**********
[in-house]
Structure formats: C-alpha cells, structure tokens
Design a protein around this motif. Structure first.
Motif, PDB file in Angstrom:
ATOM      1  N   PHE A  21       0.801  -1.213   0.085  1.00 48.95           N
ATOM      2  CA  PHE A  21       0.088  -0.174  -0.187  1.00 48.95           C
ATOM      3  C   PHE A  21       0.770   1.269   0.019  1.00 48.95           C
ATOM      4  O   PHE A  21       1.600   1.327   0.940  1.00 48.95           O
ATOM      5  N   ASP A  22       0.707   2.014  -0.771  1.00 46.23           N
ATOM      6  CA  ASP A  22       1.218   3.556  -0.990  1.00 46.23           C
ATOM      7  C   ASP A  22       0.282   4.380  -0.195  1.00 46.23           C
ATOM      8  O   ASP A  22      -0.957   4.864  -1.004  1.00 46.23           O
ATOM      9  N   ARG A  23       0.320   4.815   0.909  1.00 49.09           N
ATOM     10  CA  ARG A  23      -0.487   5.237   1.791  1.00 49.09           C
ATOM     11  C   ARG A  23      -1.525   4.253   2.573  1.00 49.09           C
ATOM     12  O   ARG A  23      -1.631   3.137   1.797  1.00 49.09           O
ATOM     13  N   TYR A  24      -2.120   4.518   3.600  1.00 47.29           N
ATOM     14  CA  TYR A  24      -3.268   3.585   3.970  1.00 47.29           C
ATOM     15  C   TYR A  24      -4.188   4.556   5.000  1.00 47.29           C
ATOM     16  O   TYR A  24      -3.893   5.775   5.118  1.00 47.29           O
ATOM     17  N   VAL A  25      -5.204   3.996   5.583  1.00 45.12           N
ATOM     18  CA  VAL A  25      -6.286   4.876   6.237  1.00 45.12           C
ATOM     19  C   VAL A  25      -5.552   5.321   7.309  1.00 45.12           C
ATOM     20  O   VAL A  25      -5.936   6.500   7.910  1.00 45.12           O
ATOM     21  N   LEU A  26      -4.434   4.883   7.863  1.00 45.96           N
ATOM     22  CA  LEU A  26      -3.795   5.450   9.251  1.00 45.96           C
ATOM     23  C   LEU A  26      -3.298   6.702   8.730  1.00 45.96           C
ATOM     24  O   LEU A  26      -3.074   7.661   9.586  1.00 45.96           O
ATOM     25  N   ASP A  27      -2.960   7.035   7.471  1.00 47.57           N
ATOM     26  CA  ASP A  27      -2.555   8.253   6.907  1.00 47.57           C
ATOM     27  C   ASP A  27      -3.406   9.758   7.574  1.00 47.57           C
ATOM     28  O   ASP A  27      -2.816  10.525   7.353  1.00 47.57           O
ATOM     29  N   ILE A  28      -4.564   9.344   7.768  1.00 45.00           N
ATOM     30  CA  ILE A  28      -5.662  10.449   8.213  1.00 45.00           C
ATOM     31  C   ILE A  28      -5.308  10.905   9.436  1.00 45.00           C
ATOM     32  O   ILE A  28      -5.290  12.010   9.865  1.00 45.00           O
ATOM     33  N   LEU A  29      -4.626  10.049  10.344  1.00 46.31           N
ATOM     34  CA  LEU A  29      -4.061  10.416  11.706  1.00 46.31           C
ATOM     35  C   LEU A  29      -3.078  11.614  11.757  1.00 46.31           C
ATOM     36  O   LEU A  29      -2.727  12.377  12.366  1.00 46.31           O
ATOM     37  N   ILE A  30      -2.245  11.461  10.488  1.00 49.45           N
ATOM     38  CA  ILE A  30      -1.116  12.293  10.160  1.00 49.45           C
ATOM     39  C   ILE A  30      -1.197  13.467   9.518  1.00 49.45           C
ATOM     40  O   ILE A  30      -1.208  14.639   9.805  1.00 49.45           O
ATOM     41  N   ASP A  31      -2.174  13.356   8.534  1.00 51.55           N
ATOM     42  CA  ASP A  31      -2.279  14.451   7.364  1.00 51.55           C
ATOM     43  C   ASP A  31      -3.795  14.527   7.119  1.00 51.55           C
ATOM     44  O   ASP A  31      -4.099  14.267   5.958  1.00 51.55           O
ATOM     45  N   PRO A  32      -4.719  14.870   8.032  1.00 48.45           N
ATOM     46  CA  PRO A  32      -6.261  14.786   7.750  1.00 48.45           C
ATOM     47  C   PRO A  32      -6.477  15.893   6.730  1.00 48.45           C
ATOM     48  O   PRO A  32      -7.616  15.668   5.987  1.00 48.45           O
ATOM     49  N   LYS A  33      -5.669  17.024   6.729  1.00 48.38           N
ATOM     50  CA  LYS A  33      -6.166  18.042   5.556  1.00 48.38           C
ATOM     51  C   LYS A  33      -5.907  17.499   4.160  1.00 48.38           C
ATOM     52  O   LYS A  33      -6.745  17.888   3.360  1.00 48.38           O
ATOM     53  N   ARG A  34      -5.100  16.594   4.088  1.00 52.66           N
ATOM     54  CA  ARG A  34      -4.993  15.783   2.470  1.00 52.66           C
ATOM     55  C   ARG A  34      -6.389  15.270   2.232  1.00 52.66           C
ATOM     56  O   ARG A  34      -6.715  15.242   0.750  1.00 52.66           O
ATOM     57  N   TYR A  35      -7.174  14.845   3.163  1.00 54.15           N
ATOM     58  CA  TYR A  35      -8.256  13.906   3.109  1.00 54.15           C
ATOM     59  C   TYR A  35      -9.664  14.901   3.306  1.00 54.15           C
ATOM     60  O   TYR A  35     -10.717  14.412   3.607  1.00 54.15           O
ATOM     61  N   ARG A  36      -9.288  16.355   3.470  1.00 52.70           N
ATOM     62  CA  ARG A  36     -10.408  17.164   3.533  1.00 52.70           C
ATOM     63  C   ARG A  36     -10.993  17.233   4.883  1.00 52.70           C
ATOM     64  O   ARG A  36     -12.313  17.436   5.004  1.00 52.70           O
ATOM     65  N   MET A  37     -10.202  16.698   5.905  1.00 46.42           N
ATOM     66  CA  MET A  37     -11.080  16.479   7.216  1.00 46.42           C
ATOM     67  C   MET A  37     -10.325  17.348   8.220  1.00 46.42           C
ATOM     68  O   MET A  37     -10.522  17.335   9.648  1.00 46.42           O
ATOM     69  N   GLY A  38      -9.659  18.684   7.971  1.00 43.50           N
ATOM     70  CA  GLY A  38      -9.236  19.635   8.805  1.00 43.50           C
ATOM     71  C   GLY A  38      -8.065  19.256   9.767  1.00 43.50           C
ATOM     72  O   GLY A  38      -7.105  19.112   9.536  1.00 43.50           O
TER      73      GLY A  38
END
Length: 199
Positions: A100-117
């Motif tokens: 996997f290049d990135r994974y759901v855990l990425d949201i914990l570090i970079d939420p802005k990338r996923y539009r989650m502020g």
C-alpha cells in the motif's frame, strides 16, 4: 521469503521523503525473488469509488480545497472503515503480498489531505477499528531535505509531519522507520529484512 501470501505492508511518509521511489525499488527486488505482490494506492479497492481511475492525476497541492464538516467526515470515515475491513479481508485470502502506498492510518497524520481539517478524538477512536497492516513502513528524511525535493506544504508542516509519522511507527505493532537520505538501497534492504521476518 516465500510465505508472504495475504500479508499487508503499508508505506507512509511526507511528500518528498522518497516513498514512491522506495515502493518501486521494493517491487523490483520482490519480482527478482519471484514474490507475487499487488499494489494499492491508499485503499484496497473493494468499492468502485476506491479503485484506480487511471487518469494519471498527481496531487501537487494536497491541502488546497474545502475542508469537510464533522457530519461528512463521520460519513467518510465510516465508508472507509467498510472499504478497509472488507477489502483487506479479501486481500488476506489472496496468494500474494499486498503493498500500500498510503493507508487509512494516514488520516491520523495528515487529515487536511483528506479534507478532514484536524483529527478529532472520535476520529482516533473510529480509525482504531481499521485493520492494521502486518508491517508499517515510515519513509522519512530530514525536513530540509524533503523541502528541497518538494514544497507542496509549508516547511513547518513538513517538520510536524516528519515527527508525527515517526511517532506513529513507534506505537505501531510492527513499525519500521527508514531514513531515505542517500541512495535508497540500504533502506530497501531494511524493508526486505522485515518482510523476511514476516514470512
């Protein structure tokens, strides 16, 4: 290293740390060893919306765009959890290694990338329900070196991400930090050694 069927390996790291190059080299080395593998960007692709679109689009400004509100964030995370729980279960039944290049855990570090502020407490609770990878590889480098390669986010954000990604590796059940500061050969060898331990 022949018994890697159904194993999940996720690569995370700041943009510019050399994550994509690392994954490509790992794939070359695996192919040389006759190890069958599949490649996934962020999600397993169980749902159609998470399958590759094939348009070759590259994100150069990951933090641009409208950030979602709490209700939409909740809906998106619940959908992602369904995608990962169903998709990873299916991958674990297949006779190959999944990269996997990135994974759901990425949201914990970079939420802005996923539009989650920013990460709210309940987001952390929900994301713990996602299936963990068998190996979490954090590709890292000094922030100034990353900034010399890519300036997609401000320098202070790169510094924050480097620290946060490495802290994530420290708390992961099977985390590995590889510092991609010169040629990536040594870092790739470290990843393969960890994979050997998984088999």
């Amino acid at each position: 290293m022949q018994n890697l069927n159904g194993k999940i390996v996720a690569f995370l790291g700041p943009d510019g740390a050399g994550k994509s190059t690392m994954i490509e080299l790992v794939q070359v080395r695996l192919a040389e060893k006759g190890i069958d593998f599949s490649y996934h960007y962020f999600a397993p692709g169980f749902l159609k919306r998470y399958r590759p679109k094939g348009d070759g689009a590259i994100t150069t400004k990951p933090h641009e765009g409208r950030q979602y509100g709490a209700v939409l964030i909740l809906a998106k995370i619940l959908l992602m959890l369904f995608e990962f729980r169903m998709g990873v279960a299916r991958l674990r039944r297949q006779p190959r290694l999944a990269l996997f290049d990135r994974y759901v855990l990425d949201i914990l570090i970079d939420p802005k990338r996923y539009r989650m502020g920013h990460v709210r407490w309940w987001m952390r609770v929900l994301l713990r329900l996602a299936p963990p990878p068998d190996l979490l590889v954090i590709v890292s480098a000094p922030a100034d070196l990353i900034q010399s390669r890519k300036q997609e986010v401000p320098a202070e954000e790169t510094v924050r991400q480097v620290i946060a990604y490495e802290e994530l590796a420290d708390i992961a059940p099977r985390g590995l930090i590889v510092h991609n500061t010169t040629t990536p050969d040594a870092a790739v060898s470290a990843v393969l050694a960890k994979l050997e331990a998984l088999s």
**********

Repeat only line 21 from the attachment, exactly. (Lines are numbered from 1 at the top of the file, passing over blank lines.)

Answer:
ATOM     17  N   VAL A  25      -5.204   3.996   5.583  1.00 45.12           N